MENU ▼
Read by QxMD icon Read
search
OPEN IN READ APP
JOURNAL ARTICLE

Drifting from slow to "D'oh!": working memory capacity and mind wandering predict extreme reaction times and executive control errors

Jennifer C McVay, Michael J Kane
Journal of Experimental Psychology. Learning, Memory, and Cognition 2012, 38 (3): 525-49
22004270
A combined experimental, individual-differences, and thought-sampling study tested the predictions of executive attention (e.g., Engle & Kane, 2004) and coordinative binding (e.g., Oberauer, Süβ, Wilhelm, & Sander, 2007) theories of working memory capacity (WMC). We assessed 288 subjects' WMC and their performance and mind-wandering rates during a sustained-attention task; subjects completed either a go/no-go version requiring executive control over habit or a vigilance version that did not. We further combined the data with those from McVay and Kane (2009) to (1) gauge the contributions of WMC and attentional lapses to the worst performance rule and the tail, or τ parameter, of reaction time (RT) distributions; (2) assess which parameters from a quantitative evidence-accumulation RT model were predicted by WMC and mind-wandering reports; and (3) consider intrasubject RT patterns--particularly, speeding--as potential objective markers of mind wandering. We found that WMC predicted action and thought control in only some conditions, that attentional lapses (indicated by task-unrelated-thought reports and drift-rate variability in evidence accumulation) contributed to τ, performance accuracy, and WMC's association with them and that mind-wandering experiences were not predicted by trial-to-trial RT changes, and so they cannot always be inferred from objective performance measures.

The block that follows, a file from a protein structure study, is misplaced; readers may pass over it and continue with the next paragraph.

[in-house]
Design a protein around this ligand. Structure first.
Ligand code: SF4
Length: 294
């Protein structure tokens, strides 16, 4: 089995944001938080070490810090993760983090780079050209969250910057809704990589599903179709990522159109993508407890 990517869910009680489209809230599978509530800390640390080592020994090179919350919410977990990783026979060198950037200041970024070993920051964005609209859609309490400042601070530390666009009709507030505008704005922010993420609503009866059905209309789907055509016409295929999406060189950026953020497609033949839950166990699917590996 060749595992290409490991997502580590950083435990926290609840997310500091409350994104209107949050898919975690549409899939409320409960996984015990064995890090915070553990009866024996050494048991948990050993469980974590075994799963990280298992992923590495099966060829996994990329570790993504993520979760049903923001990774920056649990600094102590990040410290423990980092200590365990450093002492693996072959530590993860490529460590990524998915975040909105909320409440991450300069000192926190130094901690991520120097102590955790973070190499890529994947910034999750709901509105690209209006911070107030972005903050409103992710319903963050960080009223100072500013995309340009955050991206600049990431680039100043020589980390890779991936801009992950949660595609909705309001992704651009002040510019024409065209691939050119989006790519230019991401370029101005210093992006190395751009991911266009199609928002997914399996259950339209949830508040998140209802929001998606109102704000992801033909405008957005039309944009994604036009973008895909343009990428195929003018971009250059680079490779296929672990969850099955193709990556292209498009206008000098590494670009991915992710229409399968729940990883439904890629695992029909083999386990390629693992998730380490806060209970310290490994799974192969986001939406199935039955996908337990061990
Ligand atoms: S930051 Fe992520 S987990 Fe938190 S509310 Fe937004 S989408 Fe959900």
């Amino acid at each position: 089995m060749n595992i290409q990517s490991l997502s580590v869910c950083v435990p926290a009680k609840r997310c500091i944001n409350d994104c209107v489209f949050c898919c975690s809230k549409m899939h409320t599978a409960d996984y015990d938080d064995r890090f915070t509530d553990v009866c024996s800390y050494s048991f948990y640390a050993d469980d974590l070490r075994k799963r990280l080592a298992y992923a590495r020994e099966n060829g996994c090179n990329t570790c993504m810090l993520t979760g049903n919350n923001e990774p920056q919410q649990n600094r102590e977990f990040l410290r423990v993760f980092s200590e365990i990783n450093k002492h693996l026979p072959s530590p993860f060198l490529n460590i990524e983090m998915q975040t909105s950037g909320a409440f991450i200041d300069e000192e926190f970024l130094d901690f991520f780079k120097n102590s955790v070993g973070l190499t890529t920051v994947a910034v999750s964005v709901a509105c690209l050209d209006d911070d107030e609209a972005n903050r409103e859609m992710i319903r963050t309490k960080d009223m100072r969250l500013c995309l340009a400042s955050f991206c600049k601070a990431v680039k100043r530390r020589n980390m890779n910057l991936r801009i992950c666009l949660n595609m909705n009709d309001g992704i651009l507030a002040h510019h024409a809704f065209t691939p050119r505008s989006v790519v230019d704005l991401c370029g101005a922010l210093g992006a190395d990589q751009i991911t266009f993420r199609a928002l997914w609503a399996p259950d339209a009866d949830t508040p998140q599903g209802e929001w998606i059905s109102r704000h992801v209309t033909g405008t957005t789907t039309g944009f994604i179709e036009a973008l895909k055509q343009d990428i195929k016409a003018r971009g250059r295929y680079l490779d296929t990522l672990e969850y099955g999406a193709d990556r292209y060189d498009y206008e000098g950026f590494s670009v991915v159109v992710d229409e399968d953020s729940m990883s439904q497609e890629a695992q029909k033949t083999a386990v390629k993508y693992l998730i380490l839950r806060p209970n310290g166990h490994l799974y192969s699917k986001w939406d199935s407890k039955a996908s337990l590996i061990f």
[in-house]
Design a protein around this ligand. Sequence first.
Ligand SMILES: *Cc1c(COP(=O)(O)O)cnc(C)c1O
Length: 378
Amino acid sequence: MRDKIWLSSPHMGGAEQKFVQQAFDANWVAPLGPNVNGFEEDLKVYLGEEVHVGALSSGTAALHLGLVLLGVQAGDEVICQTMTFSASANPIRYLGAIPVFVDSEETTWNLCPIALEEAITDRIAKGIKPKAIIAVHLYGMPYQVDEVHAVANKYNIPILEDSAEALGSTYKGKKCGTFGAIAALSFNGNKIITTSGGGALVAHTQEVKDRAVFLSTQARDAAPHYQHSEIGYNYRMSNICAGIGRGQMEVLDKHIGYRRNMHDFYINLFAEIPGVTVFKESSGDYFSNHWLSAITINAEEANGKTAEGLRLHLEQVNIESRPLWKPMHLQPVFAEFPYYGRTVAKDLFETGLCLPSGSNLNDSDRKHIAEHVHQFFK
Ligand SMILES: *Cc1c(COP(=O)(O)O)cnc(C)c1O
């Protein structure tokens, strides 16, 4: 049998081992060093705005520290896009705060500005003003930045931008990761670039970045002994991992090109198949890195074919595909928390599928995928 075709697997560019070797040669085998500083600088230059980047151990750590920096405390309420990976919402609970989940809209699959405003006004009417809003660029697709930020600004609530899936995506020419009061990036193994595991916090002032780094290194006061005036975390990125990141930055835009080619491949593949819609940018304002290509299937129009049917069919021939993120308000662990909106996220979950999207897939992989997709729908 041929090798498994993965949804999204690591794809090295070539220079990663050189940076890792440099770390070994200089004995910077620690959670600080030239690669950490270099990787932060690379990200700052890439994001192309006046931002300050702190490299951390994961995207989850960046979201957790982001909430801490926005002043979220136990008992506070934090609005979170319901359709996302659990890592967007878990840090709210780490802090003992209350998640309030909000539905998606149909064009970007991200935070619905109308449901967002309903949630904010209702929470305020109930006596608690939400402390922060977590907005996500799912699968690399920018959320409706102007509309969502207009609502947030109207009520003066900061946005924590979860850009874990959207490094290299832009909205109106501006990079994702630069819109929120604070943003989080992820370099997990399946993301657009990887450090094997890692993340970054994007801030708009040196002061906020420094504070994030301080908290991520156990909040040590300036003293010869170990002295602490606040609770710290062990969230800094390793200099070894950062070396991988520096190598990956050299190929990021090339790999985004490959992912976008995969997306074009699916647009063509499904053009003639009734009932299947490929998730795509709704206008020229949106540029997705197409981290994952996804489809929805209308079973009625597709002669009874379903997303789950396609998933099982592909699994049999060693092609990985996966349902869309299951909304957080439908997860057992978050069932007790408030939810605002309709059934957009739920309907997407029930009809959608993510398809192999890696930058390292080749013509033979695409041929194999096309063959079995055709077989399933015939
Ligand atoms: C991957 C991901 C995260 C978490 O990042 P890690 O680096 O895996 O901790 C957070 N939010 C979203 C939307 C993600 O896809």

Comments

You need to log in or sign up for an account to be able to comment.

No comments yet, be the first to post one!

Related Papers

Available on the App Store

Available on the Play Store
Remove bar
Read by QxMD icon Read
22004270
×

Search Tips

Use Boolean operators: AND/OR

diabetic AND foot
diabetes OR diabetic

Exclude a word using the 'minus' sign

Virchow -triad

Use Parentheses

water AND (cup OR glass)

Add an asterisk (*) at end of a word to include word stems

Neuro* will search for Neurology, Neuroscientist, Neurological, and so on

Use quotes to search for an exact phrase

"primary prevention of cancer"
(heart or cardiac or cardio*) AND arrest -"American Heart Association"